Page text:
Lucien Fugère

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Lucien Fugère, 1890

Lucien Fugère (22 July 1848, Paris – 15 January 1935, Paris) was a French baritone, particularly associated with the French repertory and Mozart roles. He enjoyed an exceptionally long career, singing into his 80s.

Life and career[edit]

Fugère's father died when he was 6, and at the age of 12 he was apprenticed as a mason, working on repairing statues and gargoyles of Notre Dame with his brothers. He also joined, and got noticed, in the singing societies popular in Paris at that time.[1]

Fugère was working as a jewellery salesman when he decided to try his luck at a career in music. After taking private voice lessons (he was refused by the Paris Conservatory), he made his debut as a chansonnier at the Bataclan in 1870. He then made his debut in operetta at the Théâtre des Bouffes Parisiens, in 1874, in La branche cassée by Serpette. In addition Fugère sang in La Boite au lait, Madame l'archiduc, Le Moulin du Vent-Galant and La créole at the Bouffes.[2]

The turning point of his career came in 1877, when he made his debut at the Opéra-Comique as Jean, in Les noces de Jeannette by Victor Massé. He was to perform there regularly until 1920, creating roles in more than 30 operas, notably the father in Louise by Gustave Charpentier, Fritelli in Le roi malgré lui by Emmanuel Chabrier, and for Jules Massenet, Pandolfe in Cendrillon, the Devil in Grisélidis, des Grieux in Le portrait de Manon, Sancho in Don Quichotte, Boniface in Le jongleur de Notre-Dame, and for André Messager, Maitre André in Fortunio, Buvat in Le chevalier d'Harmental, and le Duc de Longueville in La Basoche. In total he sang in over 100 roles[3] including Mozart's Figaro, Leporello, Papageno, Falstaff, and appeared at the Gaîté-Lyrique from 1908 until 1919.

Two Chabrier songs are dedicated to Fugère: Sommation irrespectueuse and Pastorales des cochons roses, giving the premiere of the latter in 1890.[4]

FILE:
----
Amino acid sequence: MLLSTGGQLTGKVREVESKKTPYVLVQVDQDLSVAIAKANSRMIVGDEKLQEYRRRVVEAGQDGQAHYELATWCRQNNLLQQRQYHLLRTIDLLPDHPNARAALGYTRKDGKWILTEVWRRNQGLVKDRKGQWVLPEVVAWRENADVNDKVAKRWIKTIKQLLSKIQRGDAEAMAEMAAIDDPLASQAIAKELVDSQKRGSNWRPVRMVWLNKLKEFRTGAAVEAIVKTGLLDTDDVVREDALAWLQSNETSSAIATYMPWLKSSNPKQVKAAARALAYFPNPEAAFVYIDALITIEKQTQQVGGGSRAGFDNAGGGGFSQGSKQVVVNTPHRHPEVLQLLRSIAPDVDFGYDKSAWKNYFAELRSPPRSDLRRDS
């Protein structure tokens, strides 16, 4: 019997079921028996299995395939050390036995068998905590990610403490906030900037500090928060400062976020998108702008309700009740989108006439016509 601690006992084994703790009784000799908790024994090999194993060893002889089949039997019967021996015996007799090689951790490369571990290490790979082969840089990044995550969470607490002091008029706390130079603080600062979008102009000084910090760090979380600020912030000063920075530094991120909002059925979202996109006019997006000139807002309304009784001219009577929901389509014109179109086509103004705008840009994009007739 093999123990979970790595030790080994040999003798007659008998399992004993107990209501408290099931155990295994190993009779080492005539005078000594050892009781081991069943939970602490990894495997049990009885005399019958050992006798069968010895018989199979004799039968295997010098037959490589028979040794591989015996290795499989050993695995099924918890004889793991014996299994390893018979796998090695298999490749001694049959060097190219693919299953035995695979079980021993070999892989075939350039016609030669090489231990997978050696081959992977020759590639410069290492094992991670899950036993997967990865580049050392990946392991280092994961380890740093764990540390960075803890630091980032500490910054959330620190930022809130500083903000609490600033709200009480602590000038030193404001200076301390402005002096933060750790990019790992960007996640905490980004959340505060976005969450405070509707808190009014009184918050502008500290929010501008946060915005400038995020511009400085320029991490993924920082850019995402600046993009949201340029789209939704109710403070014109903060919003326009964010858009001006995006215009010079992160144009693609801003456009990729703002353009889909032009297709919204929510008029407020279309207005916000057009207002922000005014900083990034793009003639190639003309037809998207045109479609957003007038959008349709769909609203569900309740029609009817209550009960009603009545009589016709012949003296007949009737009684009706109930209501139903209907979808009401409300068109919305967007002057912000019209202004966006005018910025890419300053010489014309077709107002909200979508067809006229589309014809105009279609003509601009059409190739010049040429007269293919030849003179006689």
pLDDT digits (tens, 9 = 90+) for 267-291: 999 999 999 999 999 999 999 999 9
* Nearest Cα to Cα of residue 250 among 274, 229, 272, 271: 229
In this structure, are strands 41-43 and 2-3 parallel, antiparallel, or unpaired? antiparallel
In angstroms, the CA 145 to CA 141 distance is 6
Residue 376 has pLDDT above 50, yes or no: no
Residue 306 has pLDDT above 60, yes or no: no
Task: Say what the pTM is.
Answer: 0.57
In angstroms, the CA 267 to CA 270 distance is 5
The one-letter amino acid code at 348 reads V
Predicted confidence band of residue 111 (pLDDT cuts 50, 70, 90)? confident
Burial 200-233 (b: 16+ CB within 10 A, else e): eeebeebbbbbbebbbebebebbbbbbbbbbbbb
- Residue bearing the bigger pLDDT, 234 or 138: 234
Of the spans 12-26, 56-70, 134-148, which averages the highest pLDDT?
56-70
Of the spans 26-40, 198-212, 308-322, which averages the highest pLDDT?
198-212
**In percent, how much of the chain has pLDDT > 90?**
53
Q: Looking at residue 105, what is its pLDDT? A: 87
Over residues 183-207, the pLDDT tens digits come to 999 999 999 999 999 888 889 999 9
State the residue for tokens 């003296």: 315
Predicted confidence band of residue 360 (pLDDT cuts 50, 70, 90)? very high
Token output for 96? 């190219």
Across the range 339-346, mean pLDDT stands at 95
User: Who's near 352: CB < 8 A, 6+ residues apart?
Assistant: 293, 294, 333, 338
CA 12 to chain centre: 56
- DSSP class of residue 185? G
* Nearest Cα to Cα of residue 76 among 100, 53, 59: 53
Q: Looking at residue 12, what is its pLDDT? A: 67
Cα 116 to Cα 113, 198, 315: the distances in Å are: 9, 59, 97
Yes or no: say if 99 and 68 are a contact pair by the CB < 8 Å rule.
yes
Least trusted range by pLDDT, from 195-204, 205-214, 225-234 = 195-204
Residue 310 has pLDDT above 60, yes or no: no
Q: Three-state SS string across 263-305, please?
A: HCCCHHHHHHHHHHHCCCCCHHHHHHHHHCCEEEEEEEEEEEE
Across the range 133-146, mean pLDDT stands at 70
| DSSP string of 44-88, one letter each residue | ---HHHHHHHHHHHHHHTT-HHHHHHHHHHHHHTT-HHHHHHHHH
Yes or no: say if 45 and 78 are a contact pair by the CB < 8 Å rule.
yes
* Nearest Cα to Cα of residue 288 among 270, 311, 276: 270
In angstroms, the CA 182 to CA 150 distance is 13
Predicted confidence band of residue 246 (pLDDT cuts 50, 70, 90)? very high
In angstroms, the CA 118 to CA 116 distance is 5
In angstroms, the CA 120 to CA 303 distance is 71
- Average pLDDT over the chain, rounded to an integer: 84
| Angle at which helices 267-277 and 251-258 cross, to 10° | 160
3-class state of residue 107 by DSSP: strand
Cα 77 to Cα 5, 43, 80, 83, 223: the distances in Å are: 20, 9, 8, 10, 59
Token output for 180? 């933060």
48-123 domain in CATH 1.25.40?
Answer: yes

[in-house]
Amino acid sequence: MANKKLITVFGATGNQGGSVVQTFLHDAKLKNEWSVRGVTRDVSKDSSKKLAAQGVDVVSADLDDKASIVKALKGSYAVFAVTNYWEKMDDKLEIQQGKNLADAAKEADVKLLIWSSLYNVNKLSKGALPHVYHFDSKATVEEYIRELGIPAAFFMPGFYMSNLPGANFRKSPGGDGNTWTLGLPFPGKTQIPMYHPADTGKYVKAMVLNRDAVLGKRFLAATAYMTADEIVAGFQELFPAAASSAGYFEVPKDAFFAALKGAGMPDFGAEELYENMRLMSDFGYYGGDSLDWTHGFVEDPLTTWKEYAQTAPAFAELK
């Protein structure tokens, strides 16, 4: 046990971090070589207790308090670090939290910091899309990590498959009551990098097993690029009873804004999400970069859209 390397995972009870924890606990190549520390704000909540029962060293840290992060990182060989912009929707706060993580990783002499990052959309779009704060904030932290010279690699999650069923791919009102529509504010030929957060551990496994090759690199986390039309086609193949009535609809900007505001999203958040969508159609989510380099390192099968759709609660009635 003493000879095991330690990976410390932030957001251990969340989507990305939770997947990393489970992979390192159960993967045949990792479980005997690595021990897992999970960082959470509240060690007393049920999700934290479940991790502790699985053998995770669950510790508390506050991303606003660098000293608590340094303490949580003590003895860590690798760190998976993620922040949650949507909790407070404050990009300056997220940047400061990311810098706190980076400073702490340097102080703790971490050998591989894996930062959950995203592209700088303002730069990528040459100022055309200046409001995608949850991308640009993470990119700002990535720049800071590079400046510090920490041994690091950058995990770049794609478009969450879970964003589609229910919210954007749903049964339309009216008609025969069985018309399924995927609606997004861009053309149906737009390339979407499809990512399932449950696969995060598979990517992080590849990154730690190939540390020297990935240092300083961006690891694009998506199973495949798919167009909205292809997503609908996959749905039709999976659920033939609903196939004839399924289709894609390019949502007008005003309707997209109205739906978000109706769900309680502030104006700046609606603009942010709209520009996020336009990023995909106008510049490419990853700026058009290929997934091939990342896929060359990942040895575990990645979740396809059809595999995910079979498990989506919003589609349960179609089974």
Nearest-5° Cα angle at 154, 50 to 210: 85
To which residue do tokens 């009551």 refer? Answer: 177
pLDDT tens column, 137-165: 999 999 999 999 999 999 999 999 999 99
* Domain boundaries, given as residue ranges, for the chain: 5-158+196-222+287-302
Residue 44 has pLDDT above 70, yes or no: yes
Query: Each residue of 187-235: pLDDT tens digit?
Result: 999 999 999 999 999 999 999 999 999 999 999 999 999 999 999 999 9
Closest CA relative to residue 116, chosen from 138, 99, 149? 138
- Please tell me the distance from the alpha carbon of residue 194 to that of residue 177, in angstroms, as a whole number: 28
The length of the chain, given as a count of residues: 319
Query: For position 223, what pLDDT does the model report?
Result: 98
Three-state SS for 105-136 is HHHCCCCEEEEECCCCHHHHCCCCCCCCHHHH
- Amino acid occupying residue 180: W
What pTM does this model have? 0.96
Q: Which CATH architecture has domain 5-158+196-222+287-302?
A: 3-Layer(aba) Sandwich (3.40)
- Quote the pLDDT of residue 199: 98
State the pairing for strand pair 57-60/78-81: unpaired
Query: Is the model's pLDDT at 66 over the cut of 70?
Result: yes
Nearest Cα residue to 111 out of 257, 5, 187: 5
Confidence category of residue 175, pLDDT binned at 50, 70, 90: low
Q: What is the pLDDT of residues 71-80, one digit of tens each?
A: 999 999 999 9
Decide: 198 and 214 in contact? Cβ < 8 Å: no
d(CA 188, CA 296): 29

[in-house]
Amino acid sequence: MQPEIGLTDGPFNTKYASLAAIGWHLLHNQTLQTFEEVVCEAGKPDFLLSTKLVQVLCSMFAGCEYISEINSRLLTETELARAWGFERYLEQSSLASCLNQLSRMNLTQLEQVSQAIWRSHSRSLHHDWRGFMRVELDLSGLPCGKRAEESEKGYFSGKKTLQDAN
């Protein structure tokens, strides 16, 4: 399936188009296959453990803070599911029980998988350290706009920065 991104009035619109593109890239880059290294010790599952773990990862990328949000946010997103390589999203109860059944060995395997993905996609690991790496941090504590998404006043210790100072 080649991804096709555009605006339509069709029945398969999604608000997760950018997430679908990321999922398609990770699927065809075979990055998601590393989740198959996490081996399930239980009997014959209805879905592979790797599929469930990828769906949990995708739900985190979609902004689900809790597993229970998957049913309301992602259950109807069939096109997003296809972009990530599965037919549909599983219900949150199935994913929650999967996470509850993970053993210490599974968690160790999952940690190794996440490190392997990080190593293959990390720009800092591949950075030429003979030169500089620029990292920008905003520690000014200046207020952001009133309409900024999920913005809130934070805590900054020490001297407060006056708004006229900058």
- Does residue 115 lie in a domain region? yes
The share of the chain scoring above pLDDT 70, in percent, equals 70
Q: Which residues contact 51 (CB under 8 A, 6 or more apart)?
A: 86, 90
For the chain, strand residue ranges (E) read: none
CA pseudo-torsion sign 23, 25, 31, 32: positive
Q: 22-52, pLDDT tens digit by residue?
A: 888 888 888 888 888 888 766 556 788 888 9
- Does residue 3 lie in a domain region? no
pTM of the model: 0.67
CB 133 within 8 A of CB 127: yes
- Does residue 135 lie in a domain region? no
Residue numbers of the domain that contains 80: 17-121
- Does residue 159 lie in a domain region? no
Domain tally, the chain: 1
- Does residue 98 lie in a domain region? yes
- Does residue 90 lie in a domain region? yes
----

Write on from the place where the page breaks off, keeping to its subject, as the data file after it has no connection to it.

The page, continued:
In 1898, having sung at the re-opening of the Salle Favart, Fugère was presented to President Faure from whom he received the Cross of the Chevalier of the Légion d'Honneur.[5]

Fugère sang le Duc de Longueville one last time at the Opéra-Comique in 1929, and his final performance on stage was as Rossini's Bartolo, at the Théâtre Trianon-Lyrique, in 1933, at the age of 85.

His voice was described as "a basse chantante of easy baritone range, with ringing clarity in the lower register and skilful refinement in the upper".[6] He recorded for Zonophone in 1902, and then for Columbia in 1928–30 (re-issued by Symposium).[7]

An outstanding singing-actor and a fine musician, Lucien Fugère enjoyed one of the longest operatic careers of all time. When asked about his longevity, he said to an interviewer, "If a man doesn't sing well by the time he is 83, when will he, I'd like to know!" He has been compared to the Swiss tenor Hugues Cuénod, who made his debut at the Metropolitan Opera at the age of 84.[8]

He became a singing teacher at the Paris Conservatoire, was a member of Comité de l'Association des Artistes dramatiques, and a member of the 'Commission départementales des Sites et Monuments naturels de caractère artistique de la Charente-Inférieure'.[9]

Lucien's brother Paul Fugère (1851 – c. 1920) was also an opera singer.


  1. ^ Steane JB. Singers of the century, Vol 2. Gerald Duckworth & Co Ltd, London, 1998. The chapter on Fugère draws extensively on: Duhamel R. Lucien Fugère. Paris, 1929.
  2. ^ Gänzl K. Lucien Fugère. In: The Encyclopedia of the Musical Theatre. Blackwell, Oxford, 1994.
  3. ^ Rosenthal H. Lucien Fugère. In: The New Grove Dictionary of Opera. Macmillan, London and New York, 1997.
  4. ^ Delage R. Emmanuel Chabrier. Fayard, Paris, 1999.
  5. ^ Steane JB. Singers of the century, Vol 2. Gerald Duckworth & Co Ltd, London, 1998.
  6. ^ Rosenthal H. Lucien Fugère. In: The New Grove Dictionary of Opera. Macmillan, London and New York, 1997.
  7. ^ Steane JB. Singers of the century, Vol 2. Gerald Duckworth & Co Ltd, London, 1998.
  8. ^ Will Crutchfield, Cuenod, at 84, makes peace with Puccini, New York Times, 8 March 1987. Retrieved on 10 January 2009.
  9. ^ Qui êtes-vous?: Annuaire des comtemporains; notices biographiques. C Delagrave, Paris, 1924.


  • Alain Pâris, Dictionnaire des interprètes et de l'interpretation musicale au XXe siècle (2 vols), Ed. Robert Laffont (Bouquins, Paris 1982, 4th Edn. 1995, 5th Edn 2004). ISBN 2-221-06660-X
  • D. Hamilton (ed.),The Metropolitan Opera Encyclopedia: A Complete Guide to the World of Opera (Simon and Schuster, New York 1987). ISBN 0-671-61732-X
  • Roland Mancini and Jean-Jacques Rouveroux, (orig. H. Rosenthal and J. Warrack, French edition), Guide de l’opéra, Les indispensables de la musique (Fayard, 1995). ISBN 2-213-59567-4
  • The Complete Dictionary of Opera and Operetta, James Anderson ISBN 0-517-09156-9